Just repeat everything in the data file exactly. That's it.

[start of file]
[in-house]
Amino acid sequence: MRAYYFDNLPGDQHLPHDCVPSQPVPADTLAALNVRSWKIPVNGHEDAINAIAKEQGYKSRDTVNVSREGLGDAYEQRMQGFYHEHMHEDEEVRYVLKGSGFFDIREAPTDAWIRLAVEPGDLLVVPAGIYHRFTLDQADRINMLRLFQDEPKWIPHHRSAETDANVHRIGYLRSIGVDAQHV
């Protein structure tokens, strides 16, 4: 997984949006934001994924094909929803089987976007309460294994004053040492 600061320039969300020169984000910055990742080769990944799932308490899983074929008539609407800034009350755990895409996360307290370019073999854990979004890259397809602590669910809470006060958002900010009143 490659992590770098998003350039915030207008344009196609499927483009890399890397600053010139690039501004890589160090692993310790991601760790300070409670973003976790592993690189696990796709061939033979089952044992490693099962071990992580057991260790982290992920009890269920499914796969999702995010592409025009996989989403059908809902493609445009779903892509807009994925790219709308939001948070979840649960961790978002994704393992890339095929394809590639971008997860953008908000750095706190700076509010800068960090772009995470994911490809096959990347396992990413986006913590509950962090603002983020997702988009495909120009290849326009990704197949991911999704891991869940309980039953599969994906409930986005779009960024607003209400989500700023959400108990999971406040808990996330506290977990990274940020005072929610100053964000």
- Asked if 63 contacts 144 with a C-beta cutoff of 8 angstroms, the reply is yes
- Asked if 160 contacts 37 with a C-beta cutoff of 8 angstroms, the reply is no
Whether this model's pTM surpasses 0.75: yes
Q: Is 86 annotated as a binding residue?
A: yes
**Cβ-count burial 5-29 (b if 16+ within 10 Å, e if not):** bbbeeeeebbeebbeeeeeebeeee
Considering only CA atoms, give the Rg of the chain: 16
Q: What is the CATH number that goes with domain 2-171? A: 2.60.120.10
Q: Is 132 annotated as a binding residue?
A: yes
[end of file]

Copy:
[in-house]
Amino acid sequence: MRAYYFDNLPGDQHLPHDCVPSQPVPADTLAALNVRSWKIPVNGHEDAINAIAKEQGYKSRDTVNVSREGLGDAYEQRMQGFYHEHMHEDEEVRYVLKGSGFFDIREAPTDAWIRLAVEPGDLLVVPAGIYHRFTLDQADRINMLRLFQDEPKWIPHHRSAETDANVHRIGYLRSIGVDAQHV
């Protein structure tokens, strides 16, 4: 997984949006934001994924094909929803089987976007309460294994004053040492 600061320039969300020169984000910055990742080769990944799932308490899983074929008539609407800034009350755990895409996360307290370019073999854990979004890259397809602590669910809470006060958002900010009143 490659992590770098998003350039915030207008344009196609499927483009890399890397600053010139690039501004890589160090692993310790991601760790300070409670973003976790592993690189696990796709061939033979089952044992490693099962071990992580057991260790982290992920009890269920499914796969999702995010592409025009996989989403059908809902493609445009779903892509807009994925790219709308939001948070979840649960961790978002994704393992890339095929394809590639971008997860953008908000750095706190700076509010800068960090772009995470994911490809096959990347396992990413986006913590509950962090603002983020997702988009495909120009290849326009990704197949991911999704891991869940309980039953599969994906409930986005779009960024607003209400989500700023959400108990999971406040808990996330506290977990990274940020005072929610100053964000």
- Asked if 63 contacts 144 with a C-beta cutoff of 8 angstroms, the reply is yes
- Asked if 160 contacts 37 with a C-beta cutoff of 8 angstroms, the reply is no
Whether this model's pTM surpasses 0.75: yes
Q: Is 86 annotated as a binding residue?
A: yes
**Cβ-count burial 5-29 (b if 16+ within 10 Å, e if not):** bbbeeeeebbeebbeeeeeebeeee
Considering only CA atoms, give the Rg of the chain: 16
Q: What is the CATH number that goes with domain 2-171? A: 2.60.120.10
Q: Is 132 annotated as a binding residue?
A: yes